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Translating "comparecer"

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By Corrine Ardoin - Posted on 18 December 2006

I have found also the word "comparecio," preceding someone's name and
translate that to mean: appears (person's name), meaning they appear before
the judge. So, in a particular civil record, it would say in such and such
town (En el Ciudad de --), on such and such day (a los cinco dias del mes de
--) , before such and such judge (ante mi --), appears Jose Salazar
(comparecio Jose Salazar). Anyways, that is what I have been translating it
as, comparecer, meaning to appear and comparecio, meaning he appears, so "el
compareciente" would tranlate literally as "the appearing," or the one
appearing before the judge. They also might write "se presente" before the
person's name, which literally translates as "presented himself," meaning
"presented" and the name of the person who was presenting himself before the

I have also come across the term, "exponente," before someone's name, which
is a legal term, translating easily as "exponent," but not so easily in
meaning. The legal interpretation for many of the terms in civil records
can be found in law dictionaries. Accoring to such a dictionary, an
"exponent" is an advocate or the one who goes before the judge on someone's
behalf. In civil birth records, the exponent can be the father of the
child, but not always, and it can be a friend or close relative of the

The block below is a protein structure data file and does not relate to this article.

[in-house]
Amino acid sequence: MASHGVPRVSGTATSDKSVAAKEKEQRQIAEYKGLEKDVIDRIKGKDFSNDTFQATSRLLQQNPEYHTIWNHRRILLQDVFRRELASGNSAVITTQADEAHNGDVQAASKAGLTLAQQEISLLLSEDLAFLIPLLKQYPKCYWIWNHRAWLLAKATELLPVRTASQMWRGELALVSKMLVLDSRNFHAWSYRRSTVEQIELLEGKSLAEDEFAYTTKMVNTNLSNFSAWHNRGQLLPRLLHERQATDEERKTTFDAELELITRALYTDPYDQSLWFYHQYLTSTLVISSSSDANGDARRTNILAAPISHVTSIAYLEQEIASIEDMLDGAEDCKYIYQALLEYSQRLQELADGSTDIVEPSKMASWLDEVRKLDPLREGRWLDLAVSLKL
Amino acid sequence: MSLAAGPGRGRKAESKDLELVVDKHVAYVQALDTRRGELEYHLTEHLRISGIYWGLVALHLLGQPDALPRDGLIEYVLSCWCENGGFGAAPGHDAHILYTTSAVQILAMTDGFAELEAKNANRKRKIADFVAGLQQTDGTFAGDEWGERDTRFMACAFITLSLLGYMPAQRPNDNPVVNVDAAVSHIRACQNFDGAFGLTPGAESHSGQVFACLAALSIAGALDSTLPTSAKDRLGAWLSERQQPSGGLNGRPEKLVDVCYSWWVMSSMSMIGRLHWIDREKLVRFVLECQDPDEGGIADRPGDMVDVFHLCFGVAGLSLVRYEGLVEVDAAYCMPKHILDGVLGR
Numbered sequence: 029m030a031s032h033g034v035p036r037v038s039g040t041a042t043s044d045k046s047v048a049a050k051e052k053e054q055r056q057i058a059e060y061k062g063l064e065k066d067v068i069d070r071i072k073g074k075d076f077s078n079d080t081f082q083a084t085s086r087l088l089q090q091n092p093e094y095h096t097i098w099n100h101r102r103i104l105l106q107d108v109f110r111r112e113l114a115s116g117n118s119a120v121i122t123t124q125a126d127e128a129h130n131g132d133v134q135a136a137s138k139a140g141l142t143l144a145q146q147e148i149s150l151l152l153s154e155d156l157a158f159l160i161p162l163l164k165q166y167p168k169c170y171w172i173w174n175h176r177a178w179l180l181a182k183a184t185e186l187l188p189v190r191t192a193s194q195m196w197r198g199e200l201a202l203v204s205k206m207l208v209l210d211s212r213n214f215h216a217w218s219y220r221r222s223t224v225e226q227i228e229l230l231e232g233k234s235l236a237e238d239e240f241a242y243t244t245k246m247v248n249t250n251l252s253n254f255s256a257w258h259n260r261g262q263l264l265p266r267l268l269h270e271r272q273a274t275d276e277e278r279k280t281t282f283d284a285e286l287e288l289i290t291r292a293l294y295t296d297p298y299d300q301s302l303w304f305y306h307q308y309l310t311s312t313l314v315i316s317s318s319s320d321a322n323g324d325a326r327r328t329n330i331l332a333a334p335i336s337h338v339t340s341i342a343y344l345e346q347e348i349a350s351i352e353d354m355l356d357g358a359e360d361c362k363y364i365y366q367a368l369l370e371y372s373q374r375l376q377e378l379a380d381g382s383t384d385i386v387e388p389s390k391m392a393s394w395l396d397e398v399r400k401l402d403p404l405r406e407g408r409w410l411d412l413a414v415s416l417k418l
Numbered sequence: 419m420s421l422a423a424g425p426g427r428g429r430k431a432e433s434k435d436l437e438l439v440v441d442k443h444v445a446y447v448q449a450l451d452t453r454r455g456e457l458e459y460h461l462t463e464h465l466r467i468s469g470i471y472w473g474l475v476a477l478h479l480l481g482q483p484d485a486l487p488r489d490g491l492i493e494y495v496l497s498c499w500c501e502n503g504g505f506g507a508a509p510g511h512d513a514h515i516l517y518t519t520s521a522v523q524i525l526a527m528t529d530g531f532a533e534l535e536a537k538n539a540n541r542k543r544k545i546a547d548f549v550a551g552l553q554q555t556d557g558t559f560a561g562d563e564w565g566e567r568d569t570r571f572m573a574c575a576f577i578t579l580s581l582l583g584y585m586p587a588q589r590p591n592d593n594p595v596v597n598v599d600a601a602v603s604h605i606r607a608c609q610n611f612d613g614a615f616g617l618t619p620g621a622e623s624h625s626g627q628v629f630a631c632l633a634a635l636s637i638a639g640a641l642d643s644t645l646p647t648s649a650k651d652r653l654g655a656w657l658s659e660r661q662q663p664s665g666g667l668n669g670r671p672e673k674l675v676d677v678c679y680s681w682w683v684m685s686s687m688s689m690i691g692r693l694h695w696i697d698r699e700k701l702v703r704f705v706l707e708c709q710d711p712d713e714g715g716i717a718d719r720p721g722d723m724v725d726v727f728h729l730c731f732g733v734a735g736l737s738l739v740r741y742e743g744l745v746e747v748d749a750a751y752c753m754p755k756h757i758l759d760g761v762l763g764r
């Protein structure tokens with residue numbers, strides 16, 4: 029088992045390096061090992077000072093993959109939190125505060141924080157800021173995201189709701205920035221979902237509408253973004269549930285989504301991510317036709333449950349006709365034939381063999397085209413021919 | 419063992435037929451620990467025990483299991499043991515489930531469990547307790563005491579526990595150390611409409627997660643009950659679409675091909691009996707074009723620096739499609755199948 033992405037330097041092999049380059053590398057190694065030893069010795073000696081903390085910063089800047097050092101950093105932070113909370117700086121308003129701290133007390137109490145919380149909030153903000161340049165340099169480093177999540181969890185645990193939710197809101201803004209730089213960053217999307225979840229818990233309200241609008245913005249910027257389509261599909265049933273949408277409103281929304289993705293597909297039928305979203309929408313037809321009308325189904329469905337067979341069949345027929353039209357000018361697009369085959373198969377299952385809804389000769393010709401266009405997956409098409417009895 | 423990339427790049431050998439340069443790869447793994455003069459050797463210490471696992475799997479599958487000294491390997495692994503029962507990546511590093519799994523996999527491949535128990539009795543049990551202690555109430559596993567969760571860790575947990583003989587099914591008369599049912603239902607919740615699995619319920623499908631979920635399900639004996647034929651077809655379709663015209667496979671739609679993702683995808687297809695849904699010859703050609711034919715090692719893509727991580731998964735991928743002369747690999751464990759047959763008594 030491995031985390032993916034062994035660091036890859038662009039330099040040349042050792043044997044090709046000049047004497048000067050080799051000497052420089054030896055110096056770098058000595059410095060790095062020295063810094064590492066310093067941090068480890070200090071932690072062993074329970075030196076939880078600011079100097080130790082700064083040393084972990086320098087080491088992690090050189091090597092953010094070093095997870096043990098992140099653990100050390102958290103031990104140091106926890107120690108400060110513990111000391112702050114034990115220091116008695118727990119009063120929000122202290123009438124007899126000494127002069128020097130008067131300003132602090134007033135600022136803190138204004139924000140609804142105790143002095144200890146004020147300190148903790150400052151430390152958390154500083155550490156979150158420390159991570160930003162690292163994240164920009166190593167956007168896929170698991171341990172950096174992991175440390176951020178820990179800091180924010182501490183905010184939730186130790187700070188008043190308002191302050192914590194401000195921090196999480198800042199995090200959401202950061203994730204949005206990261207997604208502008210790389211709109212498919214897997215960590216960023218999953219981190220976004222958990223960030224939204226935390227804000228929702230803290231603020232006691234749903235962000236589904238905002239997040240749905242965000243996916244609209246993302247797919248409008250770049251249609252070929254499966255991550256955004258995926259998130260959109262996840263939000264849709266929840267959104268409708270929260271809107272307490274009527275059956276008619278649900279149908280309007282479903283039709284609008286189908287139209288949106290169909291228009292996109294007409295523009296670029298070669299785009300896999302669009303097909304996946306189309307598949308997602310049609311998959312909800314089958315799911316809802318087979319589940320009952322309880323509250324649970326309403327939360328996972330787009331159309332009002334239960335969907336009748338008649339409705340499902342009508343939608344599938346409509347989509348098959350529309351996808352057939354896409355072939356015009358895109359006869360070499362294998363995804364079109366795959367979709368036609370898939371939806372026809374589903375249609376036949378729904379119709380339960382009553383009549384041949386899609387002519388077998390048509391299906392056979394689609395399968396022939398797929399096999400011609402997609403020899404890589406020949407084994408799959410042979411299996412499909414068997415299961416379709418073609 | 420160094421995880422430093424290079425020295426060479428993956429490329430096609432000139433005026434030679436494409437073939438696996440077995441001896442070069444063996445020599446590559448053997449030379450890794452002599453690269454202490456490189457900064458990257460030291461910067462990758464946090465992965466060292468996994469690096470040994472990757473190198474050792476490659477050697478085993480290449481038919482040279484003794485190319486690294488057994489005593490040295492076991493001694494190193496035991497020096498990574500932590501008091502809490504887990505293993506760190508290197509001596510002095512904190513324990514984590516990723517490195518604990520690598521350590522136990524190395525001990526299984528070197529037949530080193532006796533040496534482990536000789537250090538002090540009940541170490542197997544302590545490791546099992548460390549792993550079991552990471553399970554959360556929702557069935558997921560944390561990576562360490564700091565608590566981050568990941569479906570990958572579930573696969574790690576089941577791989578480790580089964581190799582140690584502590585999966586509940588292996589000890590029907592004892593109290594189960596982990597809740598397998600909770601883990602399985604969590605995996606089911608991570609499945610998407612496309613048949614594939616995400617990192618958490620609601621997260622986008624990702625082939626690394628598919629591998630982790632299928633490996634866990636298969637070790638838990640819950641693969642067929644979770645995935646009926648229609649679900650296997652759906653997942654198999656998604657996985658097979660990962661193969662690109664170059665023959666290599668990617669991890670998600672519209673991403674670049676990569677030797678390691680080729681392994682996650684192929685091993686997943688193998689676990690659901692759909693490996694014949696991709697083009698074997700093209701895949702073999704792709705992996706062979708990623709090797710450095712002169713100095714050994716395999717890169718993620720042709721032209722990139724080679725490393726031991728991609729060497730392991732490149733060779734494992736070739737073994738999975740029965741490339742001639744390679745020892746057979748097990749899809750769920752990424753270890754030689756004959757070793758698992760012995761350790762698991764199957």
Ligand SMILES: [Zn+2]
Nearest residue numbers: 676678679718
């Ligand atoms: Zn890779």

family, but not always. Later in the record, it may state the father of the
child is the exponent, but sometimes it doesn't and merely says who the
mother is, particularly if the child is an "hijo/a natural, though I have
also found records that give both parents names for an hijo/a natural.

A lesson learned: Not only have I found it wise to hold off drawing any
conclusions about a particular ancestor from these records, but I have found
it helpful to read other records on the same microfilm, in order to see if
the names in my record of interest are also in other records involving
people completely unrelated to my ancestor. When I do see names given
repeatedly in other records I then deduce that they may have worked in the
courthouse and were called upon to act as witnesses, etc. for a number of
cases. Gathering as much information as possible on any given ancestor
without making any assumptions about them, simply stating what I have found,
is what I have very painfully learned to be the wisest course of action in
my research, especially if it involves sharing what I have found with other
family members who are quick to draw premature conclusions and do not let
them go, despite repeated, frustrating attempts at correcting them!

Corrine Ardoin


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